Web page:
Farming at Woolton Farm

Woolton Farm is first and foremost a fruit farm, but it is also home to areas of considerable natural biodiversity. We believe strongly in maintaining and promoting the natural ecology of the land under our care.

cider apple harvestCROPS

The crops on the farm are split  between top fruit (dessert, culinary & cider apples, dessert pears, cherries), soft fruit (strawberries), a small vineyard, and arable crop rotations of wheat, oil seed rape and field beans.

Most of the dessert fruit is managed by Newmafruit Farms Ltd. They sell the fruit wholesale and direct to supermarkets from their depot at Howfield Farm, Chartham. For employment or sales enquiries please go to their website

apple blossom

The cider orchards and vineyard are managed by H. Mount & Sons Ltd, which is the parent company behind Woolton Farm.

Dessert & culinary apples & pears

The only culinary apples now grown commercially are Bramleys, but there is a wide choice of dessert varieties, namely: Cox, Jonagold, Royal Gala, Braeburn, Early Windsor, and Cameo. The two pear varieties grown are Conference & Comice.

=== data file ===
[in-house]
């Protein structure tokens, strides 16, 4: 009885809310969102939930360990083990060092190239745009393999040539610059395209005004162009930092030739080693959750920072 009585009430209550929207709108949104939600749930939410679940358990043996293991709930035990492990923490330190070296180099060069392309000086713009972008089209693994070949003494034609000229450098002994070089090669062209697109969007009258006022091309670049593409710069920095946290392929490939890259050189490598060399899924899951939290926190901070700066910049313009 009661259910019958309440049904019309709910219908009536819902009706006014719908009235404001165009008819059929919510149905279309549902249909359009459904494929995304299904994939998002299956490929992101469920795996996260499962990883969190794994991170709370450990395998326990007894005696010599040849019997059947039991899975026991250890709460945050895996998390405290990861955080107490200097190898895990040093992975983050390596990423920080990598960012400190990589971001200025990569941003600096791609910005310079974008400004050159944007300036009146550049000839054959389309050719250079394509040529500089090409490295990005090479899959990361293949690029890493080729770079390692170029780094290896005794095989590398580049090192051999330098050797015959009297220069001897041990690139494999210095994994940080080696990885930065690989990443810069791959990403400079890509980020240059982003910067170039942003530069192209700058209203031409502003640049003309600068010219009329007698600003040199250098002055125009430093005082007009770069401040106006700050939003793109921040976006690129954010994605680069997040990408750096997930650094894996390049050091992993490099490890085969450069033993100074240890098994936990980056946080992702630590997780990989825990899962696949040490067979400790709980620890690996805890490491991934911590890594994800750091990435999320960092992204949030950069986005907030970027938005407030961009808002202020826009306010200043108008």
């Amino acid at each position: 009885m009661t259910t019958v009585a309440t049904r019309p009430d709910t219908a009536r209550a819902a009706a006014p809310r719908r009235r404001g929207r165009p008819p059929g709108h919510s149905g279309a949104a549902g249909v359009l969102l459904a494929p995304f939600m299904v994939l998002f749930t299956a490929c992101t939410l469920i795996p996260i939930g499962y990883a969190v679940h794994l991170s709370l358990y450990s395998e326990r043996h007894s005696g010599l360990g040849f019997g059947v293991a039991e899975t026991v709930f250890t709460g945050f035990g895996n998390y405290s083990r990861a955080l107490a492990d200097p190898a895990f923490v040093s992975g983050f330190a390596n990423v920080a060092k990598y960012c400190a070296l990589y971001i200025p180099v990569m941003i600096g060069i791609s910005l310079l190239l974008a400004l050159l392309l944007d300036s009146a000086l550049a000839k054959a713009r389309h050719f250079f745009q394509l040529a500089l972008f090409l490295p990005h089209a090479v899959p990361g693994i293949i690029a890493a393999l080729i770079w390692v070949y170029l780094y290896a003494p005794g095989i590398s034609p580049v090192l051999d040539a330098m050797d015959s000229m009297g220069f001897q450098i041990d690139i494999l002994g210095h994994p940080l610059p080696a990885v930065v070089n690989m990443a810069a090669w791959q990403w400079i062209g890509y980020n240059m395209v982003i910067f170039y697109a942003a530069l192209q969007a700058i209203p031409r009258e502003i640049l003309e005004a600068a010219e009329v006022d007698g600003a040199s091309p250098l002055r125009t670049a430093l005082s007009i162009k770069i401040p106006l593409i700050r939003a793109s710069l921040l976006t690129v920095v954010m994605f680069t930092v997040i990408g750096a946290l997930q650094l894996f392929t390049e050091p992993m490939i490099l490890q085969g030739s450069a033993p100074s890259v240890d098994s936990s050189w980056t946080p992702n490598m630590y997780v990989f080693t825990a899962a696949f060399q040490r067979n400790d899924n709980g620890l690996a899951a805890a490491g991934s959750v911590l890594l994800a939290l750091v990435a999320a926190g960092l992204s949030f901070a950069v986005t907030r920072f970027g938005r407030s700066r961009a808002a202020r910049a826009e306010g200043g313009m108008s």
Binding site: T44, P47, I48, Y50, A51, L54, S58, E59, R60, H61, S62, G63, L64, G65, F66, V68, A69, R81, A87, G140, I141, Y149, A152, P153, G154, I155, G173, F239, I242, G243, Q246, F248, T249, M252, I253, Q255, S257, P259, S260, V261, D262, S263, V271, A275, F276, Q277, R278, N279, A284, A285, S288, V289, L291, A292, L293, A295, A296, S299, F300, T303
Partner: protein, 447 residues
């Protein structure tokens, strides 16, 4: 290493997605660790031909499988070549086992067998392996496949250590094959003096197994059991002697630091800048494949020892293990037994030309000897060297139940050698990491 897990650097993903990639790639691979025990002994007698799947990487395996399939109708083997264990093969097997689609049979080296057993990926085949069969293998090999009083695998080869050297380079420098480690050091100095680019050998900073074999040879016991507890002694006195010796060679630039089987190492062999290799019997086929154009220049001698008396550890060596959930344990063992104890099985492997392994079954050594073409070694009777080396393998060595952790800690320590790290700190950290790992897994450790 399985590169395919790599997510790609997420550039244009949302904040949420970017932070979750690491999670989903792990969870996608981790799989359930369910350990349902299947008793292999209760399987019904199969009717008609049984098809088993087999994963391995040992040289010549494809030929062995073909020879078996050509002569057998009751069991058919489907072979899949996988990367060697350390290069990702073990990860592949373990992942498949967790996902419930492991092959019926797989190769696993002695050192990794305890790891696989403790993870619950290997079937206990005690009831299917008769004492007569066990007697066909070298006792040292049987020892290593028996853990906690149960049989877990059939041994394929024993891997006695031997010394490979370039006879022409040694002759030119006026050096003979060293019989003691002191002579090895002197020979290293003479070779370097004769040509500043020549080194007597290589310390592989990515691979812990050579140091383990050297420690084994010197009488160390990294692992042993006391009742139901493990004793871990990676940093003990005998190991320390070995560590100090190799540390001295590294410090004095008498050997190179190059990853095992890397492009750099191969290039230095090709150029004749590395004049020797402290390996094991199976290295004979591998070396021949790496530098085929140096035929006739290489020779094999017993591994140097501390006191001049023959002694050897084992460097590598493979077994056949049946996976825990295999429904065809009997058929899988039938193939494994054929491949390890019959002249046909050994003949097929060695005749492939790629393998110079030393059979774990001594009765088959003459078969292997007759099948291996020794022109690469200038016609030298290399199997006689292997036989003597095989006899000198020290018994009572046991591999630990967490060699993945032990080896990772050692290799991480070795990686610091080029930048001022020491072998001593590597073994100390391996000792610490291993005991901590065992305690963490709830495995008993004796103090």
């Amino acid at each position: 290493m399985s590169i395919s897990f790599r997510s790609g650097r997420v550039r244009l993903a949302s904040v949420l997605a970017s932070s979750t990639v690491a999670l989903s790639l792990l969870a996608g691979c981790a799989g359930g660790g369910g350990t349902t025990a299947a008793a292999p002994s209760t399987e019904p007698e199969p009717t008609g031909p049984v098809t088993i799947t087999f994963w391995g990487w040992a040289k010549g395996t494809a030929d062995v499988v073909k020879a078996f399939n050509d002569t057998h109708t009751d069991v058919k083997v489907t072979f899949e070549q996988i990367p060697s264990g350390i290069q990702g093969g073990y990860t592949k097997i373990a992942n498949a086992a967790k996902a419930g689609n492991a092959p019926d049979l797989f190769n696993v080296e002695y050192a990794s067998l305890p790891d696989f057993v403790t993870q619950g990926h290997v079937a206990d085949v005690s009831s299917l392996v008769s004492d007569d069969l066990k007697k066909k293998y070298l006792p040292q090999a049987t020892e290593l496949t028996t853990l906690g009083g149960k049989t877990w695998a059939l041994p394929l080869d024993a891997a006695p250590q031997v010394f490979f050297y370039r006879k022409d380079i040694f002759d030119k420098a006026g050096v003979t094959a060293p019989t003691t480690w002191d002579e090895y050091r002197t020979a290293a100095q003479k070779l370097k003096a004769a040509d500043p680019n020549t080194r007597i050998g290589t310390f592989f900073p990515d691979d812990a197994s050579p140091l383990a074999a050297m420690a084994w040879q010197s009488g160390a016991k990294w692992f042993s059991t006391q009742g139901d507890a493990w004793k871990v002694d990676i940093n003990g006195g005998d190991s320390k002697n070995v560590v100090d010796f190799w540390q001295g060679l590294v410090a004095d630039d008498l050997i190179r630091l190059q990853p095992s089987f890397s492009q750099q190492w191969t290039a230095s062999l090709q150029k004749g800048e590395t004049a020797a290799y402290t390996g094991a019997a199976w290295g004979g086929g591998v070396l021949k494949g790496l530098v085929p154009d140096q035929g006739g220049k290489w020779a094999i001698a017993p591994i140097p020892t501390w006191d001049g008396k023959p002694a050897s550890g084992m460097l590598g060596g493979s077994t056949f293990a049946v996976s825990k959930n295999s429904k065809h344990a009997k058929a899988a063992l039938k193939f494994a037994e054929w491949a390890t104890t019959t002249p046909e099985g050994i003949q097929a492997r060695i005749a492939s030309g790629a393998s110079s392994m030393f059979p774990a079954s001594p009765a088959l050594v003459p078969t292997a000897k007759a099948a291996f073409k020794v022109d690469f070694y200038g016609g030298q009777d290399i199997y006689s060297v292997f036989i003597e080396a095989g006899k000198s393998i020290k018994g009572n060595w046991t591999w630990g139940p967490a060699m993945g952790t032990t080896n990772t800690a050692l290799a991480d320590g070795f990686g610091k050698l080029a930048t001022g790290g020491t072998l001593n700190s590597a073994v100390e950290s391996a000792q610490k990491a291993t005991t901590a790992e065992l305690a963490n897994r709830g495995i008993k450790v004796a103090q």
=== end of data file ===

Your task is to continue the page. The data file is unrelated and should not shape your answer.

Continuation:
Cider apples

We planted cider apples for the first time ever in 2014 to supply our expanding cider business with the specific type of cider varieties needed. These include Kingston Black, Dabinet, Yarlinton Mill, Chisel Jersey, Crimson King and Browns, which between them provide the bitter-sweet characteristics that go to make a good full bodied cider.


Our wine is produced from a small vineyard which we planted on the farm in 2012.  We are now offering for sale a single variety white wine made exclusively from Bacchus grapes, and a sparkling (methode champenoise) Rosé, made from the classic blend of the French varieties Pinot Noir and Chardonnay.

Woolton Sparkling wine

Arable crops

For arable cropping we operate a contract farming arrangement with our   neighbour Robert Spencer, who specialises in arable and livestock at Garrington Farms, Littlebourne.

The land

Most of the farm sits on the valley sides and ridge between the two water ways of the Nailbourne valley to the South and the wider valley of the River Stour to the North.

The soil type ranges from fertile brickearth on the valley sides, with gravels on the ridge and alluvial gravels in the valley bottom, perfect for growing a wide range of crops. The gravels are particularly suitable for vines.

Print Friendly, PDF & Email